A college student who attends classes in Burnaby, B.C., has been diagnosed with a case of measles related to the recent Fraser Valley outbreak, in which roughly 100 cases of measles have been reported in Chilliwack and Agassiz.

Fraser Health said Saturday morning that the infected student was at the British Columbia Institute of Technology's Burnaby campus on March 6 and 7.

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A student who used the J.W. Inglis Building (NE1) at BCIT's Burnaby campus last week has been diagnosed with measles. Health officials say the infection is linked to the outbreak in Chilliwack. (CBC)

The health authority said the student used building NE1 — which is also known as the J.W. Inglis Building and houses various trades classrooms and shops.

"Fraser Health is working with BCIT to alert students who may have come in contact with this particular student of a possible exposure to measles," the health authority said in a written statement.

BCIT spokesman Dave Pinton said those alerts were mostly sent out electronically.

"BCIT has informed about 128 individuals, with individualized emails, of the potential exposure," Pinton said.

"As an extra precautionary measure, we've also sent out emails to all faculty, staff and students who attend the BCIT Burnaby campus," he said.

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The measles virus is passed through airborne droplets and direct personal contact. (U.S. Centres for Disease Control and Prevention)

Fraser Health said students who were in the NE1 building on March 6 or 7 will be allowed to return to class on Monday if they were born before 1970, have had measles in the past, or have had two documented doses of measles, mumps and rubella (MMR) vaccine.

Chief Medical Health Officer Dr. Paul Van Buynder said the restriction on attendance is an attempt to control the further spread of the virus.

"If they were unvaccinated and they were in that area, then we're asking them not to return to campus before the 29th of March, when that will be the end of the likely period that they'll develop measles," Van Buynder said.

Measles spreads by touch or through the air when an infected person breathes, coughs, or sneezes.

Health officials are asking anyone with symptoms to isolate themselves at home and call ahead to their doctor, health unit, or hospital if their symptoms become severe enough to need medical attention.

Fraser Valley outbreak grows

Roughly 100 cases of the measles have been reported east of Metro Vancouver in the Fraser Valley, prompting health officials to warn on Thursday that cases have begun spreading outside of the previous cluster linked to an area that that has a low incidence of immunization.

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Pregnant women should avoid the antigenic vaccine, but can seek protection with immunoglobulins, Dr. Meena Dawar said. (CBC)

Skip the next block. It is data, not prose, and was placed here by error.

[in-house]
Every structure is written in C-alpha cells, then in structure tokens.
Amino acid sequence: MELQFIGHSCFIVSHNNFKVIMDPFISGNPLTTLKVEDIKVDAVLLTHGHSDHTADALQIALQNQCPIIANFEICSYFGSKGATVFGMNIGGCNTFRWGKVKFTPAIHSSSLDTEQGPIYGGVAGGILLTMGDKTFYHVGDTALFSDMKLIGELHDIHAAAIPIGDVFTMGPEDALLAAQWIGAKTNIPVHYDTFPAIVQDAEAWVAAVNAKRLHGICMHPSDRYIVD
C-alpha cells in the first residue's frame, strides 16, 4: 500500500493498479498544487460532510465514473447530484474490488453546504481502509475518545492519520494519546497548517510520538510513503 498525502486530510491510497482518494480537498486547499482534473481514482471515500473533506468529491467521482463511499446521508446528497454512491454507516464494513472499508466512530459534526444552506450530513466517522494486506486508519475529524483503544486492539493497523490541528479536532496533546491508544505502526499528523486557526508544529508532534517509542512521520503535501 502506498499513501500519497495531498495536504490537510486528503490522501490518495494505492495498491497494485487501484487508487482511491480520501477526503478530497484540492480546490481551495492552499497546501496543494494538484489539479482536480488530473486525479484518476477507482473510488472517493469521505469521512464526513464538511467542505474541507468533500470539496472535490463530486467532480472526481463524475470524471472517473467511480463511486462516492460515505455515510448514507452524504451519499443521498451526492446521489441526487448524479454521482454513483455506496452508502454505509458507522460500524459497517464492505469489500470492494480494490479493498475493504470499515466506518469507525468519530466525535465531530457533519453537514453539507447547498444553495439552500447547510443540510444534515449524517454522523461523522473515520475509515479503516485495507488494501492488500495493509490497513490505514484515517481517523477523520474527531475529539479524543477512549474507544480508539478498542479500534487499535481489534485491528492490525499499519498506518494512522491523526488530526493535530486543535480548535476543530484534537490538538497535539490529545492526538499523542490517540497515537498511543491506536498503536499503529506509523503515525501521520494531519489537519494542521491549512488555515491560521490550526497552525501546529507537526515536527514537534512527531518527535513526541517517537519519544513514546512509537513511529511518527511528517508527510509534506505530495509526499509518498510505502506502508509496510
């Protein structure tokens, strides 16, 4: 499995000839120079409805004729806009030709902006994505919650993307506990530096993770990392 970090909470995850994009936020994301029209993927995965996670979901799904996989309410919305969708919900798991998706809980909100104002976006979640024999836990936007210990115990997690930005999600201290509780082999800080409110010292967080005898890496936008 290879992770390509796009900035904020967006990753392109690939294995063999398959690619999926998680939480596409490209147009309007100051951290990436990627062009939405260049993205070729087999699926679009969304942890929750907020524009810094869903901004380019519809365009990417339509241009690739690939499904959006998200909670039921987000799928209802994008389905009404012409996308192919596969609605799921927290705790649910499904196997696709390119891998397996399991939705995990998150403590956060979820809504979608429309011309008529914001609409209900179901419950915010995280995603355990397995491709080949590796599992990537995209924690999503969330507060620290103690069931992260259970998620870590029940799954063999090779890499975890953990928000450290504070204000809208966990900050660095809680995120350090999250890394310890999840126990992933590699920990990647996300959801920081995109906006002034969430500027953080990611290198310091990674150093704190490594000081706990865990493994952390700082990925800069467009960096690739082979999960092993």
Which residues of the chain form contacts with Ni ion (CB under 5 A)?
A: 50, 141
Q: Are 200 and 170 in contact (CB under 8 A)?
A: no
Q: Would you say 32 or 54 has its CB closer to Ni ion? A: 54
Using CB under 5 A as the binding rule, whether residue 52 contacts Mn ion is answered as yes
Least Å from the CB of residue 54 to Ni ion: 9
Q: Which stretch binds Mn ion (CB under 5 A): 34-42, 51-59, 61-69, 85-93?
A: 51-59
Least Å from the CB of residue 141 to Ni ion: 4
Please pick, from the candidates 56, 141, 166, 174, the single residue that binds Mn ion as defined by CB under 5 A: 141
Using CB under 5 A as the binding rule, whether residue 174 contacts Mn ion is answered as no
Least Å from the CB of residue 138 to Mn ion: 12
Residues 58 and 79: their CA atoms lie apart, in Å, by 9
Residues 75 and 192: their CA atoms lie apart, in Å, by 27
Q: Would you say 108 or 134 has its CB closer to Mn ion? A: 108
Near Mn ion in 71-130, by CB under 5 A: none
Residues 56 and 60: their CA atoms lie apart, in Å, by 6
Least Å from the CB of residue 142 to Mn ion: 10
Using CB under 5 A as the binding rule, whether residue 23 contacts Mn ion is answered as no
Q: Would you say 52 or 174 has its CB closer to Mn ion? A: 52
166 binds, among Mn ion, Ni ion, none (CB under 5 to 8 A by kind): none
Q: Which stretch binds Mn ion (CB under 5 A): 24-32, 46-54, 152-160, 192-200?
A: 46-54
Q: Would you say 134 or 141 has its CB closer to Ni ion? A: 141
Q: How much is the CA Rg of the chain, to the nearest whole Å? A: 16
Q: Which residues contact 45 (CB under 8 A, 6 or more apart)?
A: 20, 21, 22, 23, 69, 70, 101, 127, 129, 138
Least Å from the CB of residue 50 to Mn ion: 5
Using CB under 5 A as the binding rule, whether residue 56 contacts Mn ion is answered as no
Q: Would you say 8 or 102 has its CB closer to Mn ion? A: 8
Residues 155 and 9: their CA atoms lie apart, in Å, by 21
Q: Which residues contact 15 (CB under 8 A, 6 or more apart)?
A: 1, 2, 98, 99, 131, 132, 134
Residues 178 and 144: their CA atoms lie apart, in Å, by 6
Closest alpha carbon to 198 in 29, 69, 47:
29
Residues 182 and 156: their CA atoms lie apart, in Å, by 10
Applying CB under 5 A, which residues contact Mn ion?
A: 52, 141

Van Buynder said Friday that only one nine-year-old girl has been admitted to hospital so far, but about 80 new cases had been reported in the general populations of the two Fraser Valley municipalities of Chilliwack and Agassiz.

Dozens of cases were also reported at a Christian School in Chilliwack with a low vaccination rate. That school has been temporarily closed.

Fraser Health issued a warning about the measles outbreak that extended to all areas of Fraser Valley East, including Abbotsford, Mission, Chilliwack, Agassiz, Harrison Hot Springs and Hope.

Special vaccination clinics in Chilliwack and Agassiz are being organized for early next week and their locations will be available on Fraser Health's website.

Measles makes a comeback

Health officials had virtually eradicated measles from Canada, but the highly-contagious disease is making a resurgence.

Dr. Van Buynder said people aren't taking measles seriously enough and seeking vaccinations, and the effects can be deadly.

"This is the second outbreak in two years in Fraser East. People need to understand that these are nasty diseases and they're coming back to Canada if they don't vaccinate their children," he said.

Fraser Health says children under the age of five are most at risk of serious complications.


What are the symptoms of measles?

Symptoms of measles may develop seven to 21 days after exposure to an infected person.

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A red blotchy rash begins to appear on the face three to seven days after the start of symptoms. (U.S. Centre for Disease Control and Prevention)

Symptoms include a high fever, cough, runny nose, cough, drowsiness, irritability and red and inflamed eyes. Small white spots may appear in the mouth and throat.

A red blotchy rash begins to appear on the face three to seven days after the start of symptoms, then spreads down the body to the arms and legs. This rash usually lasts four to seven days.

Symptoms generally last from one to two weeks.


READ: Fraser Health public service announcement (Mar. 13)

With files from the CBC's Tim Weekes